Agreed entirely, As a newly qualified counsellor having spent 4 years in time training plus all of the financial costs, observing the pushing of SCoPEd has been a nightmare. It would essentially leave the qualification I am now paying for and spent so much time on, defunct, inadmissable certainly for many of the ‘paid jobs’ out there. Few and far between for counsellors. I am appalled at the amount of money this must have cost so far, and wonder where it will leave us as practitioners especially as the government have stated they have no intentions of regulating the profession. Thank you, at least this here makes sense.

  • To my mind the SCoPEd project is a power grab in action. It degrades common sense, snuffs out creativity, while masquerading as a championing of the vulnerable.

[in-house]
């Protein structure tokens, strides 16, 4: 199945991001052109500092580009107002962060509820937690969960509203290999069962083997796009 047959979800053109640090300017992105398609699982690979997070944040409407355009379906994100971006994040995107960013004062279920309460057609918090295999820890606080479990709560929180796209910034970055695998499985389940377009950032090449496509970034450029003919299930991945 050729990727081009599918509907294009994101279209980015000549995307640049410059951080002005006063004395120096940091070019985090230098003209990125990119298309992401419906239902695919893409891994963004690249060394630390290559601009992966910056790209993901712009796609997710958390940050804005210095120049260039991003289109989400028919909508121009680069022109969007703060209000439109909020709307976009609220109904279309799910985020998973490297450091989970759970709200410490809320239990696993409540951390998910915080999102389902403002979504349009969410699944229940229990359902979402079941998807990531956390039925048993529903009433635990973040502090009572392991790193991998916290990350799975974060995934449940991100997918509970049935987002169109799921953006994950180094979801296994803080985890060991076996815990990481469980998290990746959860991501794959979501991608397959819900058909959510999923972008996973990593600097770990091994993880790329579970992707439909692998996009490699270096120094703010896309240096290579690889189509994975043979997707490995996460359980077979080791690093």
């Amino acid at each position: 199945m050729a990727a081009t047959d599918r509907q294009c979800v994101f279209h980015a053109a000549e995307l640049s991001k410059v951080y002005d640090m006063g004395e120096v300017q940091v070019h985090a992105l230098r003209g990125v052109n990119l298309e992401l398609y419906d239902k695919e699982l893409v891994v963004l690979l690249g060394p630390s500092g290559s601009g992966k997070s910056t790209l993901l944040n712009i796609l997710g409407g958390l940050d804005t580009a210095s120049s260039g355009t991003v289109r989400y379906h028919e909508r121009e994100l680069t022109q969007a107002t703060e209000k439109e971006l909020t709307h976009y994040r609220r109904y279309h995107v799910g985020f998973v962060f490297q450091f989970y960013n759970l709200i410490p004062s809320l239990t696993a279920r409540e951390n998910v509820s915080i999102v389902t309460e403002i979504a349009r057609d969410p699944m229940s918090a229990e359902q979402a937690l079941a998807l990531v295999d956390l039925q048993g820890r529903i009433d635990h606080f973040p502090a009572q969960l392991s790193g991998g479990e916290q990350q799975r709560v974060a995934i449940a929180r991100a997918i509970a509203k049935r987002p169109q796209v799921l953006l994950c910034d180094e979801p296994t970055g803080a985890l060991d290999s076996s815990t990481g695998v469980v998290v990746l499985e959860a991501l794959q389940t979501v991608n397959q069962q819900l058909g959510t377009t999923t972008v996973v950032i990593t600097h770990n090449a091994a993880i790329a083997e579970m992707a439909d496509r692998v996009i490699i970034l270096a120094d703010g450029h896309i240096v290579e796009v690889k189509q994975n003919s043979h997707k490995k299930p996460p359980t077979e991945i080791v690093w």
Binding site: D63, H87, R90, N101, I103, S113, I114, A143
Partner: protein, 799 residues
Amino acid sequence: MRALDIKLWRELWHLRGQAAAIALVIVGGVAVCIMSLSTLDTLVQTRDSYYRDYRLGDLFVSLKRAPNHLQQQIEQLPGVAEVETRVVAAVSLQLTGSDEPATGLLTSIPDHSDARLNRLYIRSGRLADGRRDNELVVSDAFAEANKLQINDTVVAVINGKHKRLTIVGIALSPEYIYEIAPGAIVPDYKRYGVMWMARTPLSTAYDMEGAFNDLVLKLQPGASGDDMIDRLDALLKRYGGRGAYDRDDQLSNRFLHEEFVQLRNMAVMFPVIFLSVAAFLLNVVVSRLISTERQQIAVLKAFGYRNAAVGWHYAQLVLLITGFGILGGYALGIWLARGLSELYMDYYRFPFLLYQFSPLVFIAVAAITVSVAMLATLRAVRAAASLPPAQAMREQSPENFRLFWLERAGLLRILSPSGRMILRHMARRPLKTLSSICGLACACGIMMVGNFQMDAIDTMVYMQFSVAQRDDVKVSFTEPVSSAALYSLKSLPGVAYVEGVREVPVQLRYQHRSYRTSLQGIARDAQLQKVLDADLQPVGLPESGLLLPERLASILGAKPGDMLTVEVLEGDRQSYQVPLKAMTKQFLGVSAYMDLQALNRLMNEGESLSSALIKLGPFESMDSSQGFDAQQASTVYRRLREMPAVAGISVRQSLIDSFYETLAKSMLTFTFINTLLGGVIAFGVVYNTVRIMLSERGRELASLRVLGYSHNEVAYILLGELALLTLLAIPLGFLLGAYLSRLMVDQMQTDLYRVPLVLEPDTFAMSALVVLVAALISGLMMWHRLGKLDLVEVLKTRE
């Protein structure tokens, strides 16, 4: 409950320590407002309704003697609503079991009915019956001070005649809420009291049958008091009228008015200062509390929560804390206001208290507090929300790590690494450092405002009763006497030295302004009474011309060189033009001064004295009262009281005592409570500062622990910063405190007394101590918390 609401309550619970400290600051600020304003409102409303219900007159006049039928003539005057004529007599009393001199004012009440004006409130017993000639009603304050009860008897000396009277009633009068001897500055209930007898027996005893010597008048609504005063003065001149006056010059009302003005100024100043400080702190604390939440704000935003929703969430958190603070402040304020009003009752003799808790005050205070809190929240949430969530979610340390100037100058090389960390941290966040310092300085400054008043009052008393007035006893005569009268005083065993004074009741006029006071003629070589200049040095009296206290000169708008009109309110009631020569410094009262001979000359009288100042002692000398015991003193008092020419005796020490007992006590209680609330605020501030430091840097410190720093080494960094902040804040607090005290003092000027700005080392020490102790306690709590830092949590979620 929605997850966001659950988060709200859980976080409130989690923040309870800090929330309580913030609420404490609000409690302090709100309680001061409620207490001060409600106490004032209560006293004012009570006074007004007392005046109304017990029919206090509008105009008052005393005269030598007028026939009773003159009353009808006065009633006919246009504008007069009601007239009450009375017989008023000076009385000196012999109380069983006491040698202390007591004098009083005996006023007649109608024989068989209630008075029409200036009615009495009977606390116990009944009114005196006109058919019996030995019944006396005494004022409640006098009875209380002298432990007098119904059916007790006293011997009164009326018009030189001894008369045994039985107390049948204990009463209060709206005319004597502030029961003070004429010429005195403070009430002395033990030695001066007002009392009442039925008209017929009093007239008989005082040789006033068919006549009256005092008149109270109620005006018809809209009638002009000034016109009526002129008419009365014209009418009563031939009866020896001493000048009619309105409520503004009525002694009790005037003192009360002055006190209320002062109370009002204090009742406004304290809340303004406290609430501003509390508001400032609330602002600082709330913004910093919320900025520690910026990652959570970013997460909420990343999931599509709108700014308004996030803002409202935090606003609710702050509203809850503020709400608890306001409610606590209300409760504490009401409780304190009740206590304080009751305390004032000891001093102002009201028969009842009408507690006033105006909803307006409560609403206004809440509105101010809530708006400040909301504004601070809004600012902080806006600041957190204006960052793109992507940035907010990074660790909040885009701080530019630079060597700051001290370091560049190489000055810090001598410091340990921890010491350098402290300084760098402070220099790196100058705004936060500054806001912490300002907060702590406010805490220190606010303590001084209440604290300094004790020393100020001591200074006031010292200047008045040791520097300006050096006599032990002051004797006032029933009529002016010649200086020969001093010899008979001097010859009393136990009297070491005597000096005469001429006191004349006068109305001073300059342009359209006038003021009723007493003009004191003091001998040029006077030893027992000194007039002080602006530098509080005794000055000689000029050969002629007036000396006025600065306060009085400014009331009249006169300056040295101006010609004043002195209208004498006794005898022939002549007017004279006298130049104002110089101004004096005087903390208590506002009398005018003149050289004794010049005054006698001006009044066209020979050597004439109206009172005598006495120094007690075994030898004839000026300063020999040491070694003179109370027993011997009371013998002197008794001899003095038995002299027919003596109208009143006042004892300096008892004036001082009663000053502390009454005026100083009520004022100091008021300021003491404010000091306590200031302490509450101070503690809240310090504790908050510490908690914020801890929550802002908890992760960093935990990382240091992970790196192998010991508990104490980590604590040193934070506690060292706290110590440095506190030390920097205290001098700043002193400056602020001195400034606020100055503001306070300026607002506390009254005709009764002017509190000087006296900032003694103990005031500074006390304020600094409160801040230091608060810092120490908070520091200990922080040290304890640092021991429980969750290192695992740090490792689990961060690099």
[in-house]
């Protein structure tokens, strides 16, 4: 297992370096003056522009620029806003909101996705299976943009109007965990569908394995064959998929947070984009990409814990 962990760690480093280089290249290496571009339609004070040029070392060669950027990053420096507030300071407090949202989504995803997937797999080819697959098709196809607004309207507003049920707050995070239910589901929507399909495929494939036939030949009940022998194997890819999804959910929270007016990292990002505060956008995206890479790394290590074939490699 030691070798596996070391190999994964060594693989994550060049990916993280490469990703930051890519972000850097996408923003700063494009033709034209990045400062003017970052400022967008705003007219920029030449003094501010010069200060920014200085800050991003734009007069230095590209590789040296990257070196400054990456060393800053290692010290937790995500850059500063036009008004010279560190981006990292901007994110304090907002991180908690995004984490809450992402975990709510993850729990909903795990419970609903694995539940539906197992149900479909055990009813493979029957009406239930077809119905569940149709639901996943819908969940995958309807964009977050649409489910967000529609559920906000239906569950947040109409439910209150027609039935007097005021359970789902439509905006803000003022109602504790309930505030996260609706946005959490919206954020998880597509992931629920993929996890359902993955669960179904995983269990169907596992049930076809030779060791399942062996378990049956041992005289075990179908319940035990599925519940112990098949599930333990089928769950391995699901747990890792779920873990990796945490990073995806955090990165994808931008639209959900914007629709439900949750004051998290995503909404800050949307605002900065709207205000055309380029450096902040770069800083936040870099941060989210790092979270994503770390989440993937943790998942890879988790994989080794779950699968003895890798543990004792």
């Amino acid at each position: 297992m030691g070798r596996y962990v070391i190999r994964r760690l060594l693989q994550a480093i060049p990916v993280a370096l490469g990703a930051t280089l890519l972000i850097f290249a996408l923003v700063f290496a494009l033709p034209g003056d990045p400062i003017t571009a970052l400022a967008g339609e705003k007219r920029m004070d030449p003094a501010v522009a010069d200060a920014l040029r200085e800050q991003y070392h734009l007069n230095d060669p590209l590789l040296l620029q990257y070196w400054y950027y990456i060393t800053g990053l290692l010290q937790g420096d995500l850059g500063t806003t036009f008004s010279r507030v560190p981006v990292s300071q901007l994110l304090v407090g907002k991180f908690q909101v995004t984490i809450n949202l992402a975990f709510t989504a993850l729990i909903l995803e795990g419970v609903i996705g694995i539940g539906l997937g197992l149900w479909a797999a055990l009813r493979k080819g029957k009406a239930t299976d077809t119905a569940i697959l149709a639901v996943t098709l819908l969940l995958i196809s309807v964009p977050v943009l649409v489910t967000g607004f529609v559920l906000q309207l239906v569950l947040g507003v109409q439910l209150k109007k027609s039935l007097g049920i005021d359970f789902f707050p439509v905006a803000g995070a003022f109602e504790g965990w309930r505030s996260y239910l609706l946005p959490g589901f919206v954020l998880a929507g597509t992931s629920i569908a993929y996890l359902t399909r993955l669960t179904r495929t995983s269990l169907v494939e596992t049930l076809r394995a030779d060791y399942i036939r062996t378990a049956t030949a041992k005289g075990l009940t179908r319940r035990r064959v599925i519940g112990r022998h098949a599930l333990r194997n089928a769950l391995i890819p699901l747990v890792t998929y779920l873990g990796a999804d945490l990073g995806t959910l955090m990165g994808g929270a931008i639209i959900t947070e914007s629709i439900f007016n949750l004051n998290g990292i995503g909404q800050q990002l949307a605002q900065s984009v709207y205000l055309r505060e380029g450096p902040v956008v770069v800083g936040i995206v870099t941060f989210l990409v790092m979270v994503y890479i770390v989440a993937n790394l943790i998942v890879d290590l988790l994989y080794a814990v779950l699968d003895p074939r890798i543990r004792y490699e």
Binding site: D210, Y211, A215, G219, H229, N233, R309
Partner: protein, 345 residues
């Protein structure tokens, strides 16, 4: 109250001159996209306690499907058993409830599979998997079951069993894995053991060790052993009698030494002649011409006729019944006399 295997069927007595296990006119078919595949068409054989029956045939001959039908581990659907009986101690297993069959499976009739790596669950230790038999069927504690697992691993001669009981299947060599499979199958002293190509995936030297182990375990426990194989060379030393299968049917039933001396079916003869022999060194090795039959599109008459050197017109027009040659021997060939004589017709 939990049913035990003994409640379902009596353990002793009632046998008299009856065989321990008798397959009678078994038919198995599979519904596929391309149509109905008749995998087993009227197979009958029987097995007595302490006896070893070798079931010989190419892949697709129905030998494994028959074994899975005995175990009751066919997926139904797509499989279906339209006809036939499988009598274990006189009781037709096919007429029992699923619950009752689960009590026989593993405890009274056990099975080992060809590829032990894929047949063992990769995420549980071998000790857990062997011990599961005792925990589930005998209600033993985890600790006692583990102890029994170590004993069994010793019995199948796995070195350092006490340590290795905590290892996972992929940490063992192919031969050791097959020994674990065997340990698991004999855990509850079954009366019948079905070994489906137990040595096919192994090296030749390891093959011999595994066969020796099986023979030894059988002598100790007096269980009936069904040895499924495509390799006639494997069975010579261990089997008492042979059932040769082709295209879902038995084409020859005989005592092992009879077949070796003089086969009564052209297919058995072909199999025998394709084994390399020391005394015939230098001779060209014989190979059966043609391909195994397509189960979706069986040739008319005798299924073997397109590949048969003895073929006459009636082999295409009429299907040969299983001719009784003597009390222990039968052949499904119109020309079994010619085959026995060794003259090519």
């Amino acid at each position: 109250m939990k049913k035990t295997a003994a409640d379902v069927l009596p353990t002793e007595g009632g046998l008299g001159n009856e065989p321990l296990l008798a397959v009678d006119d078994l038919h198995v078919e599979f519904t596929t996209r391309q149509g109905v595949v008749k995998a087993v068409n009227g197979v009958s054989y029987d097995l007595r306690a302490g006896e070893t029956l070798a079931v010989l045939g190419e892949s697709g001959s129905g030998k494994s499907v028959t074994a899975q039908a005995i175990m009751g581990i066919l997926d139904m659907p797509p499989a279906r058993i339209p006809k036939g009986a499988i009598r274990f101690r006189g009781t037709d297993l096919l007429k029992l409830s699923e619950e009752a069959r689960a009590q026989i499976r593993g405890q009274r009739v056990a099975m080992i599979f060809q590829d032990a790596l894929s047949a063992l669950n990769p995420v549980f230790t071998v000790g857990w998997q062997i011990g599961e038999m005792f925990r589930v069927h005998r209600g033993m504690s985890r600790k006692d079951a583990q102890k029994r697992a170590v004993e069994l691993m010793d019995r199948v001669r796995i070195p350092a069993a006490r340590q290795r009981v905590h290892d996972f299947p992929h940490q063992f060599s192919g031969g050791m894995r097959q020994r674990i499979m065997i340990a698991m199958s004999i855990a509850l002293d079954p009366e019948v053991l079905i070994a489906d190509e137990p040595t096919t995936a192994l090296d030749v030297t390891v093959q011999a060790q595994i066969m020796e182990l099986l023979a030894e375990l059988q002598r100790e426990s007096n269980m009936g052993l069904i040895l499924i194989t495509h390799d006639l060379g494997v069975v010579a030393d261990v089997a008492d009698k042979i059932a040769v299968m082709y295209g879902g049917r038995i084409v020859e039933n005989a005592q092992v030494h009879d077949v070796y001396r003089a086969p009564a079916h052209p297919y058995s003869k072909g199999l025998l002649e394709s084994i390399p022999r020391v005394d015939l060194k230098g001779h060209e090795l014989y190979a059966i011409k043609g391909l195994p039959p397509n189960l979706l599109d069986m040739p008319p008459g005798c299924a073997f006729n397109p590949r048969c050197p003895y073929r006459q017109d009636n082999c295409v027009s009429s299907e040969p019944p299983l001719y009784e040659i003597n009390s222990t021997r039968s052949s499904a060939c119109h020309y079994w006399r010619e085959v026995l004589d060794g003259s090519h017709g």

I believe the deceleration by PCP is very encouraging. Thank you.

  • A Person Centred Therapist

    thank you all very much for speaking up against this awful project which as you say, appears little other than “… an elitist, politically motivated misrepresentation of our profession” intent on “carving up territory instead helping practitioners”

  • Laurel

    Thank you PCP for chasing this so forensically.
    For me, the ScopeEd project says it all re BACP’s status anxiety allowing itself to be pulled along by other organisations’ priorities and assumptions about people in distress.(especially use of the term “patient”! and the contentious distinction between counsellor and psychotherapist).

  • John McCormack

    It’s been the case for years now that if you want to propose an initiative and get it funded you HAVE to show that in depth consultation took place and that there is overwhelming demand for the initiative from those consulted. SCoPEd has not consulted and rather than demand there is oppostion.
    SCoPEd has failed at the first hurdle and cannot proceed without proper consultation.